some more graphs and some more photo-graphs
These maps were drawn in the mid 1990s and thus need updating with material that has come to light since then. I’m putting them up because i know they are accurate and they still give a good idea how widely the orphans were ‘scattered’ throughout Eastern Australia in the second half of the 19th century.
Another reason is that mapping the orphans’ movements is a useful tool for discovering more about their history. Barbara Barclay has made excellent use of maps in her study of Famine orphans from County Mayo. There is no reason this cannot be done on a larger scale. I’ve already mapped the origin of the orphans based on the workhouses they were from (see blogpost 4). Could maps be drawn which show their more precise origins in Ireland, as well as their place of first employment in Australia, as indeed Barbara does for those from County Mayo, on her website www.mayoorphangirls.weebly.com ?
Is there not a computer programme that would allow us to map their movements over time? We could follow them between places of employment, and through marriage, birth and death records for much of their life. We’d need to find out more about such a programme. Does it exist already? There may be a lot of work involved?
The other maps I drew for Barefoot vol.2 were frozen at specific points in time, 1848-50; 1861; and c.1890-1900. They are still useful I hope. I’ve run the 1861 ones together for the map below, as indeed Mike Murphy did, in the Atlas of the Great Irish Famine. The colonies of New South Wales, Victoria and Queensland were ‘separated’ from one another by that date.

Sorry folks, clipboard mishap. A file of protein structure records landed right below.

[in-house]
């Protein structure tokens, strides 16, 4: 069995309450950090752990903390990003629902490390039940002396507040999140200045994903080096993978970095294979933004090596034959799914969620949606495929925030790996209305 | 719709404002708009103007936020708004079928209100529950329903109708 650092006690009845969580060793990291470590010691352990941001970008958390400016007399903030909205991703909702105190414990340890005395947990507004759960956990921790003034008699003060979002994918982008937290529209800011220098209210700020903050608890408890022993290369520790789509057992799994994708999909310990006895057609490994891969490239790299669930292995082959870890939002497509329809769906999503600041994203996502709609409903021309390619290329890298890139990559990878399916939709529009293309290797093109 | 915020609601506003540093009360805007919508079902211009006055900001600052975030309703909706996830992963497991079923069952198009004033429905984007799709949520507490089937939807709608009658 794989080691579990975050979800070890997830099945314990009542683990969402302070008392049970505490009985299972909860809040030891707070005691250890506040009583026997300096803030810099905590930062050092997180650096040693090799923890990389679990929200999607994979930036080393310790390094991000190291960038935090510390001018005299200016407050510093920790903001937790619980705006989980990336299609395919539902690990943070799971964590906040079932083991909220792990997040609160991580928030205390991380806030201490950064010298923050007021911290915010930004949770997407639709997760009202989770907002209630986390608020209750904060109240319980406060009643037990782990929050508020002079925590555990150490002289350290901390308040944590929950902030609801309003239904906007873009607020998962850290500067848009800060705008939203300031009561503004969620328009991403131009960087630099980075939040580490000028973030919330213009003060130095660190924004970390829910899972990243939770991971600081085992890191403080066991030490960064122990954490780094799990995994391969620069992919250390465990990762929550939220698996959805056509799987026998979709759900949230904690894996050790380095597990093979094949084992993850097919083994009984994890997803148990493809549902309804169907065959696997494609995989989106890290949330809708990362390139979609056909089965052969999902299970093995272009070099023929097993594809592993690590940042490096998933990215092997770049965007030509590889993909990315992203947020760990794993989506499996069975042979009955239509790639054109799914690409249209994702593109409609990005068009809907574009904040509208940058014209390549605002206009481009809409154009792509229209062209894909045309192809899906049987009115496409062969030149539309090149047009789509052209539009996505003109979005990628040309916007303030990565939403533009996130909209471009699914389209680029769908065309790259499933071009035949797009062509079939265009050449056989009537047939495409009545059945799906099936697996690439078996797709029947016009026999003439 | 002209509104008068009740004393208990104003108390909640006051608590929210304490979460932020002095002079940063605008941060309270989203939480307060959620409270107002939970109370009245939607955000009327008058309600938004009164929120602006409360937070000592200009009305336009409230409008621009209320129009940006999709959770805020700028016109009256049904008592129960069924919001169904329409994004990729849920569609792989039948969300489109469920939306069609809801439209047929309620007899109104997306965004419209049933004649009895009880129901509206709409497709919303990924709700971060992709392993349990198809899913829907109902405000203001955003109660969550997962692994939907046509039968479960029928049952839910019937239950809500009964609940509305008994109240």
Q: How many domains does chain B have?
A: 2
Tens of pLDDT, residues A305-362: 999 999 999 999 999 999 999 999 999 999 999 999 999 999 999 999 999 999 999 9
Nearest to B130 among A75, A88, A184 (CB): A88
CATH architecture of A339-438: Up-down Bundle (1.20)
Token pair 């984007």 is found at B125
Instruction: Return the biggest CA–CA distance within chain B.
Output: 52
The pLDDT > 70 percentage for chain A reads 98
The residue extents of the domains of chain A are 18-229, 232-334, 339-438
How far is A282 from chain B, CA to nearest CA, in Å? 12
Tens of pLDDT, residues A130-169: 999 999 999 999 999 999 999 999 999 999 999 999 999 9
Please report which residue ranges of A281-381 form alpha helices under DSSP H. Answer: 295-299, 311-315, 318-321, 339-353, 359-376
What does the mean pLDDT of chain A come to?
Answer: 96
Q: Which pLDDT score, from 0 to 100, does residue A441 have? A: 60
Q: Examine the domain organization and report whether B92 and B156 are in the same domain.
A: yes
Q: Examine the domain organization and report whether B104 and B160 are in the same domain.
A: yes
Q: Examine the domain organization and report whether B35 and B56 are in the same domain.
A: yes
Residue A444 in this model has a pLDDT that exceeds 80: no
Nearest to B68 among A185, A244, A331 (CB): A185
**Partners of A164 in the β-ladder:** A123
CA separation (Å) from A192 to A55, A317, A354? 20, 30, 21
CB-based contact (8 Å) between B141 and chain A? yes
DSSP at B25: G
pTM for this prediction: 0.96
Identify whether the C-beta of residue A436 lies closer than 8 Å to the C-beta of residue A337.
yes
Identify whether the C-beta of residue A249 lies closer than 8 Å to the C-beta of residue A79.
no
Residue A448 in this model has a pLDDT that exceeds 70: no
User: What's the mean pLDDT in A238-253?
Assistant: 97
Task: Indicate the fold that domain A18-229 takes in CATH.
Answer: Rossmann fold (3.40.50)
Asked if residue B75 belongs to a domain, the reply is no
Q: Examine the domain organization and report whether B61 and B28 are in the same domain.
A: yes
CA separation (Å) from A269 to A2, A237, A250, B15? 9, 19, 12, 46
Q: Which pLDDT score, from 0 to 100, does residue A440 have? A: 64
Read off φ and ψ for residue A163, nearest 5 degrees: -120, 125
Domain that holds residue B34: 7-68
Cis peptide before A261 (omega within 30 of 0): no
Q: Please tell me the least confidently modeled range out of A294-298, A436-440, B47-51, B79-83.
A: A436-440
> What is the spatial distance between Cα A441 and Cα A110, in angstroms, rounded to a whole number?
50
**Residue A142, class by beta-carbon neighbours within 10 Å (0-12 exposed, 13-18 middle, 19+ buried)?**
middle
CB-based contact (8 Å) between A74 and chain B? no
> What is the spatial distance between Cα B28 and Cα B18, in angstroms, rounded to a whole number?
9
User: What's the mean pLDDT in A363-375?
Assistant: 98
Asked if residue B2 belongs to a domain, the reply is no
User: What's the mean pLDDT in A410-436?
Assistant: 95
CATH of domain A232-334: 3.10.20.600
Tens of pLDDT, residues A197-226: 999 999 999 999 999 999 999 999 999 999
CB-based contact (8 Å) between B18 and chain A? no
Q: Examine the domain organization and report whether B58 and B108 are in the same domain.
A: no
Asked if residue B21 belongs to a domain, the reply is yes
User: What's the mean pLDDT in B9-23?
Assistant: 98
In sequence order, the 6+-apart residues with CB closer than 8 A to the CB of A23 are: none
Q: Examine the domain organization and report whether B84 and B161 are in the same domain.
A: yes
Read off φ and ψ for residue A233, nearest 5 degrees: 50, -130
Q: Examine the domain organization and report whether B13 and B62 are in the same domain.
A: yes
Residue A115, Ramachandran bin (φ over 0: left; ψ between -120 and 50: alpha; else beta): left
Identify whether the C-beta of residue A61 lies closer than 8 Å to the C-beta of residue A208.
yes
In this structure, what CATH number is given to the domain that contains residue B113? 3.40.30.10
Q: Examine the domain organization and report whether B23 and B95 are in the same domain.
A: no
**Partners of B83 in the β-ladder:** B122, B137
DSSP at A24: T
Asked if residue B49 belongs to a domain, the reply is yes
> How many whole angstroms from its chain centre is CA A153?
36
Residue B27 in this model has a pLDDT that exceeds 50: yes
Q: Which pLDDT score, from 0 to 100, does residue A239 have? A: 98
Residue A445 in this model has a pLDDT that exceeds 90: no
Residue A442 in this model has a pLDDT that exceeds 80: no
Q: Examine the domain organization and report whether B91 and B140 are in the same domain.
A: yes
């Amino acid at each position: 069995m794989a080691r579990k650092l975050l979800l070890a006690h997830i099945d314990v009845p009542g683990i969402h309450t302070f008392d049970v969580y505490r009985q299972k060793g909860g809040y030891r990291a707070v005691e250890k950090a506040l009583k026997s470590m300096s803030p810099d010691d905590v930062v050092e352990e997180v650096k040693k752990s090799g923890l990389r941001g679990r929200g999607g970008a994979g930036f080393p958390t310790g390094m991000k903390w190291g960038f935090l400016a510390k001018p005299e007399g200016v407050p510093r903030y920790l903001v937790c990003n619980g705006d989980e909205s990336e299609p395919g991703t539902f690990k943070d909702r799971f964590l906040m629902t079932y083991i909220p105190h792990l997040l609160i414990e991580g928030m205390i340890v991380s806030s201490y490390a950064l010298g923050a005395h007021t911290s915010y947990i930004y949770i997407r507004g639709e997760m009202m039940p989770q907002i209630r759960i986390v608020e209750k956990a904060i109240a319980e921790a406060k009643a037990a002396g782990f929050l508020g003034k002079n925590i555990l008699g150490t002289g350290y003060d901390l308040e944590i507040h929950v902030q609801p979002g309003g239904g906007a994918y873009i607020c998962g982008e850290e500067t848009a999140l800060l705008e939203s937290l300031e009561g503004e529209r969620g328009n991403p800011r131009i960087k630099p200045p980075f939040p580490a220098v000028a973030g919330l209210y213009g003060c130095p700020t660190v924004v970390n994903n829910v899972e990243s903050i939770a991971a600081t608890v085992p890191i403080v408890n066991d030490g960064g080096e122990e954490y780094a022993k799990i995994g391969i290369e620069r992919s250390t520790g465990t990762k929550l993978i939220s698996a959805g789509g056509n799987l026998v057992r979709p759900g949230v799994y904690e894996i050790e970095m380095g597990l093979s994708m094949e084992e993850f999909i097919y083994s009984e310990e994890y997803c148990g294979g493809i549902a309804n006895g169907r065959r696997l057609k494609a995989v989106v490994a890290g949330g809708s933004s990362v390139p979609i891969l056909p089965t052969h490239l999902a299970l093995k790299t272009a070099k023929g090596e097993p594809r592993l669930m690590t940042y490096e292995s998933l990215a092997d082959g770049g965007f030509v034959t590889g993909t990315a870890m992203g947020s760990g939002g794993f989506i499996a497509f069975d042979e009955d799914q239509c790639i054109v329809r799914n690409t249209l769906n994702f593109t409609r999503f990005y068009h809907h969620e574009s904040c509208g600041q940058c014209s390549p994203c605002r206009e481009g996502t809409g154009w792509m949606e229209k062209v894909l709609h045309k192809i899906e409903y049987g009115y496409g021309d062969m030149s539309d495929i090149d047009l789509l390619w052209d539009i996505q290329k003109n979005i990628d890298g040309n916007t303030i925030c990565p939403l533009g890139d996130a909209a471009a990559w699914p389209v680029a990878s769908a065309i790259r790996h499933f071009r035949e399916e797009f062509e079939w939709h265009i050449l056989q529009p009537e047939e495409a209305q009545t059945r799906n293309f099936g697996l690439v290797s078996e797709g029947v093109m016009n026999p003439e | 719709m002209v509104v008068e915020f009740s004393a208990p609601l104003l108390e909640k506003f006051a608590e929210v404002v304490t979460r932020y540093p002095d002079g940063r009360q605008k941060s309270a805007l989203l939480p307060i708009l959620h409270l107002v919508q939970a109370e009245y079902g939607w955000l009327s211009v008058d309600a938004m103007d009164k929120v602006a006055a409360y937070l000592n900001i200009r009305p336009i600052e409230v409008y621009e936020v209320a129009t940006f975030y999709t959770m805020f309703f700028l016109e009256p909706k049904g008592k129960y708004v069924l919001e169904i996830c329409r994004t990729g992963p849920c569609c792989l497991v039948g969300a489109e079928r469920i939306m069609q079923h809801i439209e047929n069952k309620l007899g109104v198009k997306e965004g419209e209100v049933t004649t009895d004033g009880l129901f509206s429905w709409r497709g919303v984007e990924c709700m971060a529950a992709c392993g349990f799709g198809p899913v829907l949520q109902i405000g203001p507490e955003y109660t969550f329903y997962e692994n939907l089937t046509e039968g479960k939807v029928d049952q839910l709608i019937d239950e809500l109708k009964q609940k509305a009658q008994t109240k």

Location of the orphans in c.1861 from their childrens’ birth registrations
I’ll add a couple more which might allow a closer look. The first is of Queensland in c. 1861.
Orphans in Queensland c. 1861
The next is of New South Wales in c. 1861.
And this one shows the location of Earl Grey Famine orphans in New South Wales at the time of their death in c. 1900.
See post 12 for maps showing the location of orphans in Victoria.
Here are some more graphs illustrating workhouse conditions, a bit of a throwback to earlier posts. You may wish to compare these with the ones in post 6.
Armagh workhouse in 1848
Enniskillen Workhouse in 1848
South Dublin Workhouse in 1848
Now for some more orphan photographs and once again, my heartfelt thanks to the descendants who kindly sent me these to use.
Catherine Grady per New Liverpool
Maria Maher per Thomas Arbuthnot and her granddaughter
Oh dear, I still haven’t made much progress in mastering WordPress. I’ll try uploading some more and see what happens.
Rose Sherry per John Knox
Mary Healy per Elgin and her husband
Mary Doherty per Eliza Caroline
Eliza McDermott per Tippoo Saib
Catherine Moriarty per Thomas Arbuthnot
Honora Haydon per Lady Peel